As a teenager growing up in the ’90s the dream was America. Some of my friends used to call me Mike because of my obsession with Michael Jordan.
I got what I wanted. In 2002, shortly before my 16th birthday, I moved to Walton, Indiana, to finish high school as part of a foreign exchange program. Walton was a small community of 2,500 people, surrounded by cornfields, where social life revolved around high school football and church — a far cry from the hip-hop music videos I used to watch on MTV.
I stayed with the school’s vice principal and his wife in a wonderful house tucked away in the woods. They were kind, generous, Christian folk with a genuine interest in other places and cultures. She was a wonderful baker, and he was a devoted Notre Dame football fan. I came to love both of them.
My 18 months in the United States flew by. I had my own little crew, and our team won the state basketball championship that year. By the time I graduated, I was speaking fluent English with an American accent. It felt like home, and I didn’t want to leave.
While other seniors were about to enjoy their summer before heading off as college freshmen, I was filled with uncertainty. My academic and athletic abilities weren’t good enough to get a scholarship. But going back to Portugal didn’t feel like an option. That year in the United States had changed my life, and I wanted to keep pushing forward.
So I decided to apply for university in the UK. I had two friends studying in Derby, a big university town in the north of England. I had no particular desire to live in the UK but a real determination to study journalism. I wanted to keep on writing and speaking English, as I knew there would be more opportunities for journalism in English than in Portuguese.
I was accepted into a one-year foundation course at Derby that would prepare me for university and arrived with £200 in my pocket. It was 2003, I was 17 years old.
In 2004, I moved to London and transferred to study at Middlesex University. To survive, I worked as a waiter, doing far more hours than my visa allowed. My managers were flexible, and there were other people in the same situation as me. We needed the money, and they needed the workers.
There were lucky breaks, too. I landed an internship at the BBC, transcribing hours of footage for a documentary they had shot in Brazil. The BBC gave me my first experience of the British establishment, working alongside journalists who’d gone to university at Oxford and Cambridge and who had a way of talking to each other that I just couldn’t grasp. I felt like a fish out of the water, and to this day I’m confused by the nuances of the British class system.
In November 2006, I was invited to join the internship programme at CNN International. Again, they never asked about my immigration status. Again, I struggled to fit in. Newsrooms are a peculiar place: They attract passionate and competitive people, but they’re also full of cynics — people who have been doing it for years, have seen it all, and are never impressed by anything.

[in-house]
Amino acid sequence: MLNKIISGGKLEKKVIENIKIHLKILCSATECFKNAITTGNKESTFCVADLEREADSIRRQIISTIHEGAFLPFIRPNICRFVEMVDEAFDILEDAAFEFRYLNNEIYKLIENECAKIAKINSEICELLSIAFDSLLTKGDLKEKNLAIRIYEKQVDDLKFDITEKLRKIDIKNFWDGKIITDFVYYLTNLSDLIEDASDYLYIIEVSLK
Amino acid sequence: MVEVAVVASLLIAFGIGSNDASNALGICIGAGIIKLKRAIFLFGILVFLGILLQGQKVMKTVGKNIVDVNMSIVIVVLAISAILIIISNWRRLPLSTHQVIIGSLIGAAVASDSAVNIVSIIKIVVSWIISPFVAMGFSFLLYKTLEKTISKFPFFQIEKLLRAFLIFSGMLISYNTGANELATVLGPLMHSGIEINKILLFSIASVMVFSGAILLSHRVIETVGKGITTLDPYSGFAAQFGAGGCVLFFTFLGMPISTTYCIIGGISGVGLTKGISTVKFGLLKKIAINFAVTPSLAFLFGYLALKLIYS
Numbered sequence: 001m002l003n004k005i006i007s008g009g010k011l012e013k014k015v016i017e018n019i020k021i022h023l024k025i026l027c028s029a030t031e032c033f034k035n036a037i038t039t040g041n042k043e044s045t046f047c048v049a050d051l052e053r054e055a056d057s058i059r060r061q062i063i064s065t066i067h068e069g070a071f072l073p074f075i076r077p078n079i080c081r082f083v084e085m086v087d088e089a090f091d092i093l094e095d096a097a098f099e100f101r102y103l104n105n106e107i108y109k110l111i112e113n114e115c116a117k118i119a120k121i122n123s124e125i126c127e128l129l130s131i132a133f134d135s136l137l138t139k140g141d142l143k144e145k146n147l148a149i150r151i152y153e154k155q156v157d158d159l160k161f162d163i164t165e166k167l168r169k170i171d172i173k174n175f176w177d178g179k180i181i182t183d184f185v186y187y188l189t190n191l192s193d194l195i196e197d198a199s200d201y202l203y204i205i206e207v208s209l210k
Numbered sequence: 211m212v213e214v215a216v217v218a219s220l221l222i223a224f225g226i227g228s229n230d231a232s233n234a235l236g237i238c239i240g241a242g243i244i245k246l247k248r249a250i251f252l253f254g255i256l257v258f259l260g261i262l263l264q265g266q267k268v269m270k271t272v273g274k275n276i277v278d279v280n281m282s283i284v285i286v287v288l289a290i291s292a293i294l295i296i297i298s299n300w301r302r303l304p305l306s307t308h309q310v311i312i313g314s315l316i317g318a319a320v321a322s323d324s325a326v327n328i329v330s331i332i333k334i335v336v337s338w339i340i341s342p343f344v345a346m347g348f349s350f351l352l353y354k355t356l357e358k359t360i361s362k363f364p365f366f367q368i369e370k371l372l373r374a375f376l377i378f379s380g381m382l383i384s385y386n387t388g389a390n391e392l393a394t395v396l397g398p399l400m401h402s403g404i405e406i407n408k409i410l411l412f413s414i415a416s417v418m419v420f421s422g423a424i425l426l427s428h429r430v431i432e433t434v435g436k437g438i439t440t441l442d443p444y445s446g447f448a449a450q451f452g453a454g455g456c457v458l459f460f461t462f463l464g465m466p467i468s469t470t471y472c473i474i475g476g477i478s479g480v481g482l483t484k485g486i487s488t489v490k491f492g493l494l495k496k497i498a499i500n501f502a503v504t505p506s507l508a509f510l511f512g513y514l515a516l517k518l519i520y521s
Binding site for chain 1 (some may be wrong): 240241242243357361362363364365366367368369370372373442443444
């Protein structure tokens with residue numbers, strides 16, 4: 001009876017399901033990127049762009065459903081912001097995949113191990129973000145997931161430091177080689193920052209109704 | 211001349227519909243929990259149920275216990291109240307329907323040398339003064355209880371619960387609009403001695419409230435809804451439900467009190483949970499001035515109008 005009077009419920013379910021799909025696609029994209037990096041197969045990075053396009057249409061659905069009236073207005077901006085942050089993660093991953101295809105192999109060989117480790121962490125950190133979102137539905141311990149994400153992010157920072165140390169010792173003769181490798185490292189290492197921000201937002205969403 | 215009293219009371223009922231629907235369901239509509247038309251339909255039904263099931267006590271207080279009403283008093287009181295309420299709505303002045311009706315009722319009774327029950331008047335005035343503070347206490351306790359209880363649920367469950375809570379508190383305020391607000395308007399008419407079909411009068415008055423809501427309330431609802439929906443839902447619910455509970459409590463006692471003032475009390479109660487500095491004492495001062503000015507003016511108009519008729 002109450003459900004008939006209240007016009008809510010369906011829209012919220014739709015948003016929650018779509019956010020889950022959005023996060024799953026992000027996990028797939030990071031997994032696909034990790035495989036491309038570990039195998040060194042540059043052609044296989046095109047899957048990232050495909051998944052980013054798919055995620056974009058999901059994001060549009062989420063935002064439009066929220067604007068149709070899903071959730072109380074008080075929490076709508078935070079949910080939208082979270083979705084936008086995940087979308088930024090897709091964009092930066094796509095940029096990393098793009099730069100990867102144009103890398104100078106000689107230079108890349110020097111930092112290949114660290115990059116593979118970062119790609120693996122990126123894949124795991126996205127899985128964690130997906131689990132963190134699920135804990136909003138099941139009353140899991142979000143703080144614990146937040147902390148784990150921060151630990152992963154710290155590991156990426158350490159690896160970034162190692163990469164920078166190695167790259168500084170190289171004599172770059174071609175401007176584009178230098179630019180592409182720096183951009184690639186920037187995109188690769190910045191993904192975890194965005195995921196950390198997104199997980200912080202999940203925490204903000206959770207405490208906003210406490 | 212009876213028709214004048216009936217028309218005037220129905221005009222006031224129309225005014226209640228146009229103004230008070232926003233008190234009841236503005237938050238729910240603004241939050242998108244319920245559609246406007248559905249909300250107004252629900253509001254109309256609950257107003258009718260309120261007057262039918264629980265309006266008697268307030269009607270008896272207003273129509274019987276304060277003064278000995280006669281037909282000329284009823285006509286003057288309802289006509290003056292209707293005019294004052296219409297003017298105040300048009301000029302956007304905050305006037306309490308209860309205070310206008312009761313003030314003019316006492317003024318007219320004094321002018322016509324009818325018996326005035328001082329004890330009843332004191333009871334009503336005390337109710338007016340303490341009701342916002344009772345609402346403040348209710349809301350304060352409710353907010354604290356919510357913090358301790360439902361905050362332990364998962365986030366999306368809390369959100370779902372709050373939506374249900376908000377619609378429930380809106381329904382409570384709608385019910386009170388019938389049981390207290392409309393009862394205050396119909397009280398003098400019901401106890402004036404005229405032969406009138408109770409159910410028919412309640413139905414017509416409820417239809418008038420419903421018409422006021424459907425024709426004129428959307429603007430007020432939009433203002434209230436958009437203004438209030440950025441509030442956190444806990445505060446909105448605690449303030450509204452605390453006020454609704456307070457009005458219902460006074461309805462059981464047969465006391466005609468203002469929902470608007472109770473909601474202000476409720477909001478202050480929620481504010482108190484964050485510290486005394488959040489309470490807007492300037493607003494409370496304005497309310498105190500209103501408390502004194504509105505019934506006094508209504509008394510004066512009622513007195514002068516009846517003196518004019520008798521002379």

My CNN internship turned into a job offer; when they told me the salary, I felt like I had just won the lottery. Even in my junior role, I found myself involved in the coverage of huge international stories: the Arab Spring, the day London won the 2012 Olympics, the royal wedding between William and Kate, the 2008 financial crisis. I would go into editorial meetings and sit next to the likes of Christiane Amanpour and Richard Quest. My mind would wander: “I wasn’t supposed to be here.”
Most immigration systems are arbitrary and difficult to navigate. In Britain, my life turned on a penny at the whim of some laid-back administrators who didn’t bother to do their due diligence. I managed to make the most of these fortuitous blunders but the vast majority of people in the same situation aren’t so lucky — they are deported, taken from their loved ones, and held in detention centres for long stretches.
Two years ago in Istanbul, I interviewed a group of women from Syria who fled their country’s brutal civil war. Some of them wanted to stay and try to rebuild their lives in Turkey, while others were waiting to travel to other European countries. All of them mentioned education, a better future for their children, and peace as the primary reasons for wanting to move. Public housing and universal healthcare — a social patrimony the UK and other European nations built out of the ruins of their own wars — were, to them, a sort of an afterthought.
In the hope of stemming the tide of immigrants, among other domestic issues, Britain voted to leave the EU in June 2016. The future of the three million EU citizens living in Britain now hangs in the balance. Will they be allowed to stay? And if so, under what conditions?
As luck would have it, three months ago my UK permanent residency card arrived in the post. I looked at it once and casually put it on the shelf, right next to my jazz records. My partner was way more excited than me: “People celebrate these things, you know” she said.
But I still flinch when I hear police sirens. My muscles still tense up when someone knocks on my door unexpectedly. Perhaps more unnerving is knowing that whatever this government gives, it can also take away. If the Windrush scandal has proven anything, is that in 2018 Britain, if you look and sound a certain way, your right to be here gets automatically questioned.
My residency card sits on a shelf like a trophy won after a long marathon, not so much as a reward, but as a reminder of what I am and what I once was.